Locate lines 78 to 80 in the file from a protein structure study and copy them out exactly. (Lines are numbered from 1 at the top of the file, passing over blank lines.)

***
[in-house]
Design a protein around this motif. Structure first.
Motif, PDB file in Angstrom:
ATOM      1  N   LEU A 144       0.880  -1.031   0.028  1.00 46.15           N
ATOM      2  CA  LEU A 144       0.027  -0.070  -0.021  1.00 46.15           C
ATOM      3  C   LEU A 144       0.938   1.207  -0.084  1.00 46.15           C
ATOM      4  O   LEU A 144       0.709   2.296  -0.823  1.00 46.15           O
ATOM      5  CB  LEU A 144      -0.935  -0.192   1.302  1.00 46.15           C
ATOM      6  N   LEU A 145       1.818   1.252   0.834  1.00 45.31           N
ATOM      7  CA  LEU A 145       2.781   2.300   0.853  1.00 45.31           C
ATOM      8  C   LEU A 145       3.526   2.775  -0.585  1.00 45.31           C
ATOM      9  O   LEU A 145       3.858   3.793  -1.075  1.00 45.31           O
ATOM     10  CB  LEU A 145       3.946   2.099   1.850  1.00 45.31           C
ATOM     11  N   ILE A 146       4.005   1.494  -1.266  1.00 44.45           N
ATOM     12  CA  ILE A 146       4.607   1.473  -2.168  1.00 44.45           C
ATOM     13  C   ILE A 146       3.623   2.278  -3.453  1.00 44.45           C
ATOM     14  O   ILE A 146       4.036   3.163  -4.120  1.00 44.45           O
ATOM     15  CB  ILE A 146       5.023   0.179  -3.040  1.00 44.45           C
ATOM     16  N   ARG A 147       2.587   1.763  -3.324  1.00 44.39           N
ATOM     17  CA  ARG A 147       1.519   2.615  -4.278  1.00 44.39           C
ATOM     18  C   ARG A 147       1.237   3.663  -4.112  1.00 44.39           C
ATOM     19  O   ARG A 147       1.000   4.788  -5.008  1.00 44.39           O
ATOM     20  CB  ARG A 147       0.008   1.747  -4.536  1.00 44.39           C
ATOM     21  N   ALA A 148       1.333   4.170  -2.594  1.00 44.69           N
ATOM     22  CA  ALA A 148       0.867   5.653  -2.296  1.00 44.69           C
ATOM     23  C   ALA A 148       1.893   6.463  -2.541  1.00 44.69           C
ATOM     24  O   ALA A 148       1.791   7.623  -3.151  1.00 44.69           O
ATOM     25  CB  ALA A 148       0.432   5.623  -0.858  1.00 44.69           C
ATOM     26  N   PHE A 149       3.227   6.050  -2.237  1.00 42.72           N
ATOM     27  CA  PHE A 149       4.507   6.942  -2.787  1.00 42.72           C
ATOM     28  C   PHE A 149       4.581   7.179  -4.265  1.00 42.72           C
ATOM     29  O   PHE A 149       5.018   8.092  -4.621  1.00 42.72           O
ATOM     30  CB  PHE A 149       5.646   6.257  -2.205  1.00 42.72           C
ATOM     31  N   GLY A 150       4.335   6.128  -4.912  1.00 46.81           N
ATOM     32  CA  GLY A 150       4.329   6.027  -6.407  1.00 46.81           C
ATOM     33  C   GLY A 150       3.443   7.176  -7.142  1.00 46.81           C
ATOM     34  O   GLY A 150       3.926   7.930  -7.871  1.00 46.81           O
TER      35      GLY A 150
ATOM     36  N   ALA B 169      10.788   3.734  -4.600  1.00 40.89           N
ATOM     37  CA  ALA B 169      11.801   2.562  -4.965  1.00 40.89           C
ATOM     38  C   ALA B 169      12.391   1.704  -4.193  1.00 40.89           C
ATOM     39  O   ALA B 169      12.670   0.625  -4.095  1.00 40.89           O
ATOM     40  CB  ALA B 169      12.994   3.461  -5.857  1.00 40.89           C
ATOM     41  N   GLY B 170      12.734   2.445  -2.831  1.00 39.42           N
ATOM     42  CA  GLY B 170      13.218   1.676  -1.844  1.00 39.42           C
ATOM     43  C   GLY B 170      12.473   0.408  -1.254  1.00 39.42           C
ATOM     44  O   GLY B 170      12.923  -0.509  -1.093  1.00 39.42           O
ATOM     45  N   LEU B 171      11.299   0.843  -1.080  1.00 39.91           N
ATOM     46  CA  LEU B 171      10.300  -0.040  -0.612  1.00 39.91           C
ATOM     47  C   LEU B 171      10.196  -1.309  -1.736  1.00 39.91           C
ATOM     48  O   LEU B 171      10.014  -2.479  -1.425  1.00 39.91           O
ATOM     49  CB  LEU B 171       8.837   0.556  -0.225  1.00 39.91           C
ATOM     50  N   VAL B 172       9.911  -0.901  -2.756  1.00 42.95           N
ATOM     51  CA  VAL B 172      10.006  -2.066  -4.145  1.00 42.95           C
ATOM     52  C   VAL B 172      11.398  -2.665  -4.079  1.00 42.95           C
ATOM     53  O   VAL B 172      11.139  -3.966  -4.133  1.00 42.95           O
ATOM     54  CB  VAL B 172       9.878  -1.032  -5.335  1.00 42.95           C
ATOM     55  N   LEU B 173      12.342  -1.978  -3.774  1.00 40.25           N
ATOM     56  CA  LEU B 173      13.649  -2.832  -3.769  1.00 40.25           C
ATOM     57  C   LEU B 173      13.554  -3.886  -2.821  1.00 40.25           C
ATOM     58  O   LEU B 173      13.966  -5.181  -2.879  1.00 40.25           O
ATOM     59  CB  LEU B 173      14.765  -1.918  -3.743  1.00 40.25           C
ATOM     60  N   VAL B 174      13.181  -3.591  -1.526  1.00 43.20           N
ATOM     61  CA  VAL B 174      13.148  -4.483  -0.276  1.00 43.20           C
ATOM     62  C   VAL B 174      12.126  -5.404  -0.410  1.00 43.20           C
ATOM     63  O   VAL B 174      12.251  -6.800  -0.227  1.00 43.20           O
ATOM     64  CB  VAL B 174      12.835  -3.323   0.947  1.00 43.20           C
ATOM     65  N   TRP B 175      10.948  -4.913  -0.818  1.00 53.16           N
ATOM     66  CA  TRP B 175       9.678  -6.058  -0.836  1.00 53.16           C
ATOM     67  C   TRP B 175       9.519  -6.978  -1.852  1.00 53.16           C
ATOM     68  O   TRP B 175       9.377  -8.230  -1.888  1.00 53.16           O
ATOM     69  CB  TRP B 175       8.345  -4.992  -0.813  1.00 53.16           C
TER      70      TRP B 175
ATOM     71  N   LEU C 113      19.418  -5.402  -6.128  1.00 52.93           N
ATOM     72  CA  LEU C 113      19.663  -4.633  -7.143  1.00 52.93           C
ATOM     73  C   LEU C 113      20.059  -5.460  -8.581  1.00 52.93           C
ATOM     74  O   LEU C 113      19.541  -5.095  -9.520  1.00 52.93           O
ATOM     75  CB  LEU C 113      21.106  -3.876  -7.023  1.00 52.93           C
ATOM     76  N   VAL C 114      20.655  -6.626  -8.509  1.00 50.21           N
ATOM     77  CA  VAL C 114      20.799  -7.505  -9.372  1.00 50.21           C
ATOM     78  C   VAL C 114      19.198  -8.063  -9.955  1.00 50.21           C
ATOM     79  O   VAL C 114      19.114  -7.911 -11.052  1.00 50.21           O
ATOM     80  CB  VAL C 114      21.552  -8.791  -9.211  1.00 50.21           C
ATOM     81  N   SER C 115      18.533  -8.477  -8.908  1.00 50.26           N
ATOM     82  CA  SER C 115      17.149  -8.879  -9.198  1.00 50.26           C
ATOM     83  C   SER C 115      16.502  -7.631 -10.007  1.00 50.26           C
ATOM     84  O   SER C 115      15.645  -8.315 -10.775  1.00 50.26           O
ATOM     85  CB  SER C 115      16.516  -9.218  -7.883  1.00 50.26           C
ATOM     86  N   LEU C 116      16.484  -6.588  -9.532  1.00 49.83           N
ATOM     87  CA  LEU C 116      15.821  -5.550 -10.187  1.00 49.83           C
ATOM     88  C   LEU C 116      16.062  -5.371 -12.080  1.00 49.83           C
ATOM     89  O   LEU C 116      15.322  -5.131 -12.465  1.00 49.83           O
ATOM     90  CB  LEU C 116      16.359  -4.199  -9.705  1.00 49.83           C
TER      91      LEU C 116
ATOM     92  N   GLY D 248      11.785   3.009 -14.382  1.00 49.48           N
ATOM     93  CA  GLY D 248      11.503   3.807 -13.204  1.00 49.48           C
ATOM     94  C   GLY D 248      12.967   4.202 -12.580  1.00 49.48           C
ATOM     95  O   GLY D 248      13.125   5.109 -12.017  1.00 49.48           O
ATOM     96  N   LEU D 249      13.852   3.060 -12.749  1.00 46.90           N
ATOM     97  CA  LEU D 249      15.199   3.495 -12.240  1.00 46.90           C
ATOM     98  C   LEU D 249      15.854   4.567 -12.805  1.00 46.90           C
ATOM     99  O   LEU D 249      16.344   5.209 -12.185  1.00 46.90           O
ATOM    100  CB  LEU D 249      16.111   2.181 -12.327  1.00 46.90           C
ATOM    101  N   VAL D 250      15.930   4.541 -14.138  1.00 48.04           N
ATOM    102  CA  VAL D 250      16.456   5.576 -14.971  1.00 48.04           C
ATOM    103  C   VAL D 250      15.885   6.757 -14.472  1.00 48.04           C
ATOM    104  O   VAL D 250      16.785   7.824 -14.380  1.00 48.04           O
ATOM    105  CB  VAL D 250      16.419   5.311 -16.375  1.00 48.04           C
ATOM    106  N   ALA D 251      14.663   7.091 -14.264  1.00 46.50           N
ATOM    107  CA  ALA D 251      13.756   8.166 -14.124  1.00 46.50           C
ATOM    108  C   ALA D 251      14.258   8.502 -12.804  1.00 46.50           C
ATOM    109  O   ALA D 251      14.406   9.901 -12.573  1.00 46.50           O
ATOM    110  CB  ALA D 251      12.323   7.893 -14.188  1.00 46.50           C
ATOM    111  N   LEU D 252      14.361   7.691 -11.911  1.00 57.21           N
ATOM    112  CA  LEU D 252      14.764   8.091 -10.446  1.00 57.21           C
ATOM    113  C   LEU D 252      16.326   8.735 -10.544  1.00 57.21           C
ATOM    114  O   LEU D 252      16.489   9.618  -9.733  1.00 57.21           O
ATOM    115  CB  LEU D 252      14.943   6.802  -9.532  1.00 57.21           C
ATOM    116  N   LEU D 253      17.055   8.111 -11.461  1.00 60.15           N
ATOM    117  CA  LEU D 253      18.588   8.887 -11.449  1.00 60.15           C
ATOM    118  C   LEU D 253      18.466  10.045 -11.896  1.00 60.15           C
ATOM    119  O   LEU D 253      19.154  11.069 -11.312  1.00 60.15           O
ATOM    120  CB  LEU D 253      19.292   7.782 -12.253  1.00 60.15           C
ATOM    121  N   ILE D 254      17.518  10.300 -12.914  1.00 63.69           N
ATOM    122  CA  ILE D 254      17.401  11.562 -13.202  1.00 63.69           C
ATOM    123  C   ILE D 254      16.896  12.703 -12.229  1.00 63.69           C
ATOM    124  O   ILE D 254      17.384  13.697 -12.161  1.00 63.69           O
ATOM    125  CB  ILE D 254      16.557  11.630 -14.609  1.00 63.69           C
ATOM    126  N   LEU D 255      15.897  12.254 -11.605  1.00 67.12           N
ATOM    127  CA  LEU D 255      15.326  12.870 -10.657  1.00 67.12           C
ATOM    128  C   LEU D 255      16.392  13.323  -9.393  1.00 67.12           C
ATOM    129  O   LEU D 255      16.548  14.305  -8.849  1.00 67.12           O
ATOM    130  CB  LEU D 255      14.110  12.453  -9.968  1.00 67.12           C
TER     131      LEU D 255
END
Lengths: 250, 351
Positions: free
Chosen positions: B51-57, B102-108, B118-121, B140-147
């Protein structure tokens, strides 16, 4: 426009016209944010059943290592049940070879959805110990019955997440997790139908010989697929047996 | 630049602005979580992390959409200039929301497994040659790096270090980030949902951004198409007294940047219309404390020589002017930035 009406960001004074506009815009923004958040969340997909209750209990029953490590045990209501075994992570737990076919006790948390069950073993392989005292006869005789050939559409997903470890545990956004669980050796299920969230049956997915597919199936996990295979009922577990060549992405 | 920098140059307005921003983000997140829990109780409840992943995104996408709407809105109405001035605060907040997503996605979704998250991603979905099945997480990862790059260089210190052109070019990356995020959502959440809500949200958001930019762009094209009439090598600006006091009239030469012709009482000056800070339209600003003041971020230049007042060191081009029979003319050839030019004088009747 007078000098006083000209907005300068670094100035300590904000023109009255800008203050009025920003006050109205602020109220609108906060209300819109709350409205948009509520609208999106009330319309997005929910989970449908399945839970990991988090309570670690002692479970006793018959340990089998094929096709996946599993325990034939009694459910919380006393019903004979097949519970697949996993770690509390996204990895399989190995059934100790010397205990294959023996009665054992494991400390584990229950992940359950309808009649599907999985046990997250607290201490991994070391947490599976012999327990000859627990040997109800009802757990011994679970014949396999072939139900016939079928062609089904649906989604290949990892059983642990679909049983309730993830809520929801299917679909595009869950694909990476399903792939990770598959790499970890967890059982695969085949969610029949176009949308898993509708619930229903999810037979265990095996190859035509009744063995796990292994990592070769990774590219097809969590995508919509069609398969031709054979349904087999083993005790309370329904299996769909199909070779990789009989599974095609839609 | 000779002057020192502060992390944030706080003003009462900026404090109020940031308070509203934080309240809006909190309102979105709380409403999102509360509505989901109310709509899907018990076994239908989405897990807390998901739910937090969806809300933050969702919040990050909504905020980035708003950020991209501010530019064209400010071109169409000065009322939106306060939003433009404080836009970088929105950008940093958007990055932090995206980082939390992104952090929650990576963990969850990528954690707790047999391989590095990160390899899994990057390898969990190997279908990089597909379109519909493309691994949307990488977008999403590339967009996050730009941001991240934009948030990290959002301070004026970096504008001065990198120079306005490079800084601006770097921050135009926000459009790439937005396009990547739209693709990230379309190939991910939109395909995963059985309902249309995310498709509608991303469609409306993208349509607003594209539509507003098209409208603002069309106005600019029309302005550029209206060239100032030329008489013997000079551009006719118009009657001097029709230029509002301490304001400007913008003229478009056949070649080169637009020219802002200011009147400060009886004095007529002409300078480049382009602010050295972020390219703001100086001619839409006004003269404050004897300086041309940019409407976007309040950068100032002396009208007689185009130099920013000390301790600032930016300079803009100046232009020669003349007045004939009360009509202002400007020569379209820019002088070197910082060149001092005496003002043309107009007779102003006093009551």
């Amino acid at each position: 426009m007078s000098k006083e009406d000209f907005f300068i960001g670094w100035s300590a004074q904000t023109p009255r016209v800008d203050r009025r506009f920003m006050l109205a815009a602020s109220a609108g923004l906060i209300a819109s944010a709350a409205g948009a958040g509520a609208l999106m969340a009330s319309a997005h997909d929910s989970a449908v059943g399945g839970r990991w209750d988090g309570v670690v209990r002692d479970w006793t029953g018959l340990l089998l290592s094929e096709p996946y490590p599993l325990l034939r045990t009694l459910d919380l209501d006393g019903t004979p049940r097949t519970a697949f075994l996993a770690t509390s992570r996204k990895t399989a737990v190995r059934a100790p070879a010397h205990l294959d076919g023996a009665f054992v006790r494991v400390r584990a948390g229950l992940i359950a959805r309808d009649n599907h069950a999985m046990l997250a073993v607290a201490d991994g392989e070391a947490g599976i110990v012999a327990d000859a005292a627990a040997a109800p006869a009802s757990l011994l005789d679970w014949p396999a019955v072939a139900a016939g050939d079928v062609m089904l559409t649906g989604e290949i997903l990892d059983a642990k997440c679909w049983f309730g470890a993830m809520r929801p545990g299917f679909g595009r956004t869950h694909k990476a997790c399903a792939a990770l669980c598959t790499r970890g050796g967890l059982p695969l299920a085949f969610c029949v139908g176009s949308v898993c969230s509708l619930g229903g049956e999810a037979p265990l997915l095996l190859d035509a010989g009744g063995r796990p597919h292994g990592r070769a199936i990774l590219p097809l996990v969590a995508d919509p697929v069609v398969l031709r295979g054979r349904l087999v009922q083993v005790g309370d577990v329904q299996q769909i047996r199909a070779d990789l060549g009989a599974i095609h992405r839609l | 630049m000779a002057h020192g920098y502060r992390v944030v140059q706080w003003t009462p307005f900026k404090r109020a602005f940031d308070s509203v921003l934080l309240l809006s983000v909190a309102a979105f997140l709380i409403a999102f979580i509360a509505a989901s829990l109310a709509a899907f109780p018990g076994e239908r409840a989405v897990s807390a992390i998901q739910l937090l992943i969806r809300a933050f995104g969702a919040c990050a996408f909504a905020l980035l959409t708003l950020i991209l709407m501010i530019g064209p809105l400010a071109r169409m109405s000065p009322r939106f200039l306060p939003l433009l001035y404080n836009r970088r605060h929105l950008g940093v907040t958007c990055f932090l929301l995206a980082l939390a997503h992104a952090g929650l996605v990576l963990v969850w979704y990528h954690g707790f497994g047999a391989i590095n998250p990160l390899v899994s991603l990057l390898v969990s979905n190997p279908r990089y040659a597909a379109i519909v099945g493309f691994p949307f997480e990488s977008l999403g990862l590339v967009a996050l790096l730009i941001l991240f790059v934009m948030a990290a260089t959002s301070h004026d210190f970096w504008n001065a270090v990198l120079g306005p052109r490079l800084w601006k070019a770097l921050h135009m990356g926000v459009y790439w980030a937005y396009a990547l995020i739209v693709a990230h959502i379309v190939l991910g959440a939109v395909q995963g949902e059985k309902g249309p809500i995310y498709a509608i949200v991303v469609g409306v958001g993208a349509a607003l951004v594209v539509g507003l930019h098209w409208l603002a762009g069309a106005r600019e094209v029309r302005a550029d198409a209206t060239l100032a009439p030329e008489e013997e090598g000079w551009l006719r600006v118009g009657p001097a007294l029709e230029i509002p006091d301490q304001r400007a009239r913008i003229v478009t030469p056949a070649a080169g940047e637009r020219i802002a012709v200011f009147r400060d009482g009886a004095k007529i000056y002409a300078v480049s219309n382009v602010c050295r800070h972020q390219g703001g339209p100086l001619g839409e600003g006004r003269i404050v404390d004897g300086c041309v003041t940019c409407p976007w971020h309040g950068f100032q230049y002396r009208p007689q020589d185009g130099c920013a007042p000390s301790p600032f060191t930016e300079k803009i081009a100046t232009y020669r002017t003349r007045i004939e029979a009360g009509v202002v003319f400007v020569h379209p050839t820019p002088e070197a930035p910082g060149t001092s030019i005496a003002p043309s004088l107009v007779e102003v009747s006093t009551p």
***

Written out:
ATOM     75  CB  LEU C 113      21.106  -3.876  -7.023  1.00 52.93           C
ATOM     76  N   VAL C 114      20.655  -6.626  -8.509  1.00 50.21           N
ATOM     77  CA  VAL C 114      20.799  -7.505  -9.372  1.00 50.21           C